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Places, Monuments, and Objects: The Past in Ancient Scandinavia

From: Scandinavian Studies
Volume 85, Number 3, Fall 2013
pp. 267-281 | 10.1353/scd.2013.0034

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Memory clearly played an important role in ancient Scandinavian society, most evidently expressed in the approximately 2,300 rune stones raised from the mid-tenth century to the early twelfth century. All of these monuments were memorials over one or several dead persons, often commemorating their deeds and ways of death. The sponsors of the monuments and their relations with the dead are always mentioned in the runic texts, and sometimes relations with other persons are mentioned as well. Through the texts, the rune-stones created a memorial web of thousands of persons in the late Viking Age (Andrén 2000; Sawyer 2000).

Although rune stones have been studied for four hundred years, memory and the role of the past in the past have been seriously studied and discussed in Scandinavian and European archaeology only in the last three decades. It started in the 1980s, with a general critique of the archaeological focus on chronology (Chippendale 1983; Shanks and Tilley 1987; Burström 1989). Ever since archaeology was professionalized in the middle of the nineteenth century, chronology has been a central part of the discipline. In fact, the ordering of things in chronological sequences was the very means by which the first archaeologists distinguished themselves from earlier antiquarians, who possessed little or no idea about how objects should be dated (Trigger 2006, 121–38). During the second half of the nineteenth century and the first half of the twentieth century, most objects became more or less securely dated. Besides, the mid-twentieth-century dating methods from natural sciences, such as carbon-14 dating and dendrochronology, have made the chronological ordering of things less important in archaeology (Baudou 2004, 278–90). Still, the chronological heritage of the discipline meant that the past was overwhelmingly presented in clearly delimited periods, comprising only places, monuments, and objects constructed in these periods.


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Fig. 1. 

The Neolithic henge monument at Avebury, with a modern village and a medieval church (photo by the author).

The new critique of the “chronological mind” of archaeology was based on an emerging awareness of the complex multi-temporal character of the past, partly inspired by scholars such as Henri Bergson, Paul Ricoeur, Pierre Nora, Jan Assmann, Walter Ong, and Paul Connerton. In surveys of ancient monuments, remains from all periods were mapped. The monuments were usually neatly presented in different periods, but since they exist today, they must also have existed in all preceding periods since their very construction (Chippendale 1983; Burström 1989). For instance, Avebury is one of Britain’s famous henge monuments from the Neolithic (fig. 1); however, it is also a medieval parish, with its church placed just outside the ring of monolithic boulders, while at the same time a modern village is partly located within the Neolithic monument. Consequently, Avebury should not only be seen as a Neolithic henge monument but also understood as a monument from the past that existed and was re-used and re-interpreted through millennia (Pollard and Reynolds 2002). Although chronology is still important in archaeology, the awareness of the multi-temporal past has clearly challenged the chronological mentality of the discipline.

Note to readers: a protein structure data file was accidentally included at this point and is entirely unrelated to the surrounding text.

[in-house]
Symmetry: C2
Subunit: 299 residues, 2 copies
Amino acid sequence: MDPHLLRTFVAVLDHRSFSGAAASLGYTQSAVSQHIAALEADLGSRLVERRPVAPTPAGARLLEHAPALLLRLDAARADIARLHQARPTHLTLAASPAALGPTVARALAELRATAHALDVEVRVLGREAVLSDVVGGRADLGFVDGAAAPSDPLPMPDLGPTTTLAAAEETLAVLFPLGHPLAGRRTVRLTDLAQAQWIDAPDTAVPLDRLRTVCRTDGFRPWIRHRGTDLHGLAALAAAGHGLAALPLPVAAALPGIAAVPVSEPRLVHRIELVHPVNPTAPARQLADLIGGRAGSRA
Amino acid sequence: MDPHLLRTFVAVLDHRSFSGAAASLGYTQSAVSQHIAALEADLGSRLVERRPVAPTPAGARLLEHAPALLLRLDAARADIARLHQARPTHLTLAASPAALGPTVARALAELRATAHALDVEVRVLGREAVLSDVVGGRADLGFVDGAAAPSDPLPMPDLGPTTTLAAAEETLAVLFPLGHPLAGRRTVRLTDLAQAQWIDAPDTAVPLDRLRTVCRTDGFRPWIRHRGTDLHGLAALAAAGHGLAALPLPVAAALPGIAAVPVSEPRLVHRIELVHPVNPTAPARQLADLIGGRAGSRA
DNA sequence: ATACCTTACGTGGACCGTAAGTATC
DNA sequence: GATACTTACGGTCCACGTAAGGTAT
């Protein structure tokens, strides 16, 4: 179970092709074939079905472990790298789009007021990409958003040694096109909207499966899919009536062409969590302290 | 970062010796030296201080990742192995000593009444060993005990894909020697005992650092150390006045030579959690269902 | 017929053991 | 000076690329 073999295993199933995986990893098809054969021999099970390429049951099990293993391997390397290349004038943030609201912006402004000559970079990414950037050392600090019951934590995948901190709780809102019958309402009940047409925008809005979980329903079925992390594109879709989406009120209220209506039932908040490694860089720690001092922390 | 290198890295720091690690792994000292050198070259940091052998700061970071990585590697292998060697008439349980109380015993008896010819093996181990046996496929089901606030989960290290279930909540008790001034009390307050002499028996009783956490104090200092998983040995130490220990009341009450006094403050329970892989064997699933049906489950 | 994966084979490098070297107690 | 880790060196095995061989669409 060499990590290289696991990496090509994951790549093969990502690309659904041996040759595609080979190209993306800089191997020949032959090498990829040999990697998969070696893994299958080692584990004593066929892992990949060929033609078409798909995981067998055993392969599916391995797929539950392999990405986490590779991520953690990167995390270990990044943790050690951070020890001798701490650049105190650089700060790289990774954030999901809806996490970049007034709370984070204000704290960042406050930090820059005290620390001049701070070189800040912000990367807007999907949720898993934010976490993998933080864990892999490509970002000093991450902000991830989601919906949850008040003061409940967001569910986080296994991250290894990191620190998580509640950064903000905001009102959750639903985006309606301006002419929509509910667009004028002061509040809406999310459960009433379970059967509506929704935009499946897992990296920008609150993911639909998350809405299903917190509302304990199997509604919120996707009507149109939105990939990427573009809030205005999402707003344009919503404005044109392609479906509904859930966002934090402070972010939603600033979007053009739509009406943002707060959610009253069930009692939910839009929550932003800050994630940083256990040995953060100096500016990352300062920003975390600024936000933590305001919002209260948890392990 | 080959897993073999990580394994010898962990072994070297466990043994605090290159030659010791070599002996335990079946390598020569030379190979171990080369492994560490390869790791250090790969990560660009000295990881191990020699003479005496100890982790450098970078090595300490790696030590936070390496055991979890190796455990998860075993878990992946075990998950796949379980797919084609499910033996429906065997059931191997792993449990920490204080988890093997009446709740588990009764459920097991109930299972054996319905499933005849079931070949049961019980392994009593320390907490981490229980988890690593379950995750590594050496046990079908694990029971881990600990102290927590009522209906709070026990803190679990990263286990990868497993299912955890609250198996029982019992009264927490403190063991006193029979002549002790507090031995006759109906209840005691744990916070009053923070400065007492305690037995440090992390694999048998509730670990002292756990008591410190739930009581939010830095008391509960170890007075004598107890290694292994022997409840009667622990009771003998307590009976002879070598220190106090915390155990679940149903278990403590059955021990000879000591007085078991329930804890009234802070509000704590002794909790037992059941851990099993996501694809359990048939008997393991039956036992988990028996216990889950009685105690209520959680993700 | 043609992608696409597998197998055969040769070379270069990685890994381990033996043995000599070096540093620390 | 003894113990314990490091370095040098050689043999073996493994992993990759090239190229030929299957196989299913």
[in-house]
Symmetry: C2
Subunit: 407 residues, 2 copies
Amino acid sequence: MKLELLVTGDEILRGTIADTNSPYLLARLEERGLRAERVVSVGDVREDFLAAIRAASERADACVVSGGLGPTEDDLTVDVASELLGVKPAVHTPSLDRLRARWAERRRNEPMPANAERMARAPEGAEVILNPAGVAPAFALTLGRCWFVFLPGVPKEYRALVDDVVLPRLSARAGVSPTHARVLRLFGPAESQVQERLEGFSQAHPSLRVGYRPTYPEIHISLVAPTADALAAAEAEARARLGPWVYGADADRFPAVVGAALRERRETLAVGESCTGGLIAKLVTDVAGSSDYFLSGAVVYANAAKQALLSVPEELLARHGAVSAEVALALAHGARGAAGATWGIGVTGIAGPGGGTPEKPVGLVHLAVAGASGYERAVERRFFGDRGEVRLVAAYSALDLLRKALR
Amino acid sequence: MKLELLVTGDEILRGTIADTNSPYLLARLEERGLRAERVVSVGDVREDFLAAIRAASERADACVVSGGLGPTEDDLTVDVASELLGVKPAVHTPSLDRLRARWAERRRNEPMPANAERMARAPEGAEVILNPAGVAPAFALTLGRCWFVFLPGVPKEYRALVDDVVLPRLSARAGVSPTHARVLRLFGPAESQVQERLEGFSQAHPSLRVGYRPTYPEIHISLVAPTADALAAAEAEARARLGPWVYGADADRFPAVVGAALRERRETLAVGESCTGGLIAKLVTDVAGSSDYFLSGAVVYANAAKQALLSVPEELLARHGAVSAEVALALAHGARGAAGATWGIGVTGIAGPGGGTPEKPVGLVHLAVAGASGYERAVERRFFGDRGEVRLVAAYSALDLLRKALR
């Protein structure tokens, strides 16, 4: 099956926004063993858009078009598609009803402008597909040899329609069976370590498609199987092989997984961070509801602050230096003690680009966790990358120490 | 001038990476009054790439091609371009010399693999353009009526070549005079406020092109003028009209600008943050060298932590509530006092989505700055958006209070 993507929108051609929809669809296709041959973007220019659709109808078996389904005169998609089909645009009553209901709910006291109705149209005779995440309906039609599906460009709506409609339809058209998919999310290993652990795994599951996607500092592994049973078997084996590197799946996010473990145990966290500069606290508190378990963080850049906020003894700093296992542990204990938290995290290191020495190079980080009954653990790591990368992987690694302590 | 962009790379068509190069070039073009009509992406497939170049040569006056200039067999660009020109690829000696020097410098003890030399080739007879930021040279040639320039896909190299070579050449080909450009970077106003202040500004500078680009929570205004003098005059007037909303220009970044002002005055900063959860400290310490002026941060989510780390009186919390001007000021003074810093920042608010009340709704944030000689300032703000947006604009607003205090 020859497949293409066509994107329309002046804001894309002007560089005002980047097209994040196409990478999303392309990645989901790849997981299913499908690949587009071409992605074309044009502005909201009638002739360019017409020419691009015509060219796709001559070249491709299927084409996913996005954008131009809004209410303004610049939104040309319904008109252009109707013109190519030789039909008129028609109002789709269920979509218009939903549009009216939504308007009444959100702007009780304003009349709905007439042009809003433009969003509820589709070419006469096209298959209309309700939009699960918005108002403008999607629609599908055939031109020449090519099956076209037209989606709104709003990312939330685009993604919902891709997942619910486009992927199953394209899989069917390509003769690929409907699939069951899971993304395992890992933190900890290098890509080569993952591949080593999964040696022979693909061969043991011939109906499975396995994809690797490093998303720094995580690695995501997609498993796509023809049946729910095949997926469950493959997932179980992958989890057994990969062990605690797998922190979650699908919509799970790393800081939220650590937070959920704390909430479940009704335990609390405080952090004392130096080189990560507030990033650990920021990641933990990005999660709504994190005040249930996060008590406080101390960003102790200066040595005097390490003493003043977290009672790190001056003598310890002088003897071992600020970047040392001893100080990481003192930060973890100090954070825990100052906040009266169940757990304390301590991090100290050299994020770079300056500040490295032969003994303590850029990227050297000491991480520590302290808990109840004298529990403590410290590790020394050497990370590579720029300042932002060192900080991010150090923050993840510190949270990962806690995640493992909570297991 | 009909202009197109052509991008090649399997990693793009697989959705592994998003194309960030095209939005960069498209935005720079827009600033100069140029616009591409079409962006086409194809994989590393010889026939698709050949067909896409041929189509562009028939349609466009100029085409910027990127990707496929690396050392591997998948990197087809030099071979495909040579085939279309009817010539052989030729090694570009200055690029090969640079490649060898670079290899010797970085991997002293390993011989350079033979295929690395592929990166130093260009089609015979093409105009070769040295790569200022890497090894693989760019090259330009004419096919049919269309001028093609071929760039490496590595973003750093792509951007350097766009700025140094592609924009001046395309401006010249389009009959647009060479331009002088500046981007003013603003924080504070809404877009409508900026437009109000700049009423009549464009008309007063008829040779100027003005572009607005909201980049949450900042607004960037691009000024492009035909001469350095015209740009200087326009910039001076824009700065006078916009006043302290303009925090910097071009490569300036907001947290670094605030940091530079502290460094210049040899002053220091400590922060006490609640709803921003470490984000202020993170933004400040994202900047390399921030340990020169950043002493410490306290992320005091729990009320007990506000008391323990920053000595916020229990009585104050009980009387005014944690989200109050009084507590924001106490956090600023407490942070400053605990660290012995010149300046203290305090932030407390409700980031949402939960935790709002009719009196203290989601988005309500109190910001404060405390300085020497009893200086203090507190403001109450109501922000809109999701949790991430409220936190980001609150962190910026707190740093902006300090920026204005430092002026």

Since the 1980s, the general archaeological debate on the multi-temporal past has been broadened to many different aspects of how humans in the past related to their own past (Gosden 1994; Olivier 1999, 2011; Bradley 2002; Van Dyke and Alcock 2003; Williams 2006; Jones 2007). In this context, I only want to highlight a few aspects of this discussion. It is, in general, difficult to understand the intentions behind human actions in the past. Dealing with the past could have been a strategy for remembering, but also for re-inventing or forgetting. Memory in early cultures is usually regarded as being based on oral culture, but archaeologists have repeatedly emphasized the importance of material culture as a vehicle of memory. Oral culture was never only oral, since oral traditions were usually based on and interacting with the material world around humans, for instance, landscapes, monuments, settlements, and objects. It is also important to emphasize that different forms of memory existed. Some memories related to the recent past (e.g., genealogical memories), others to...



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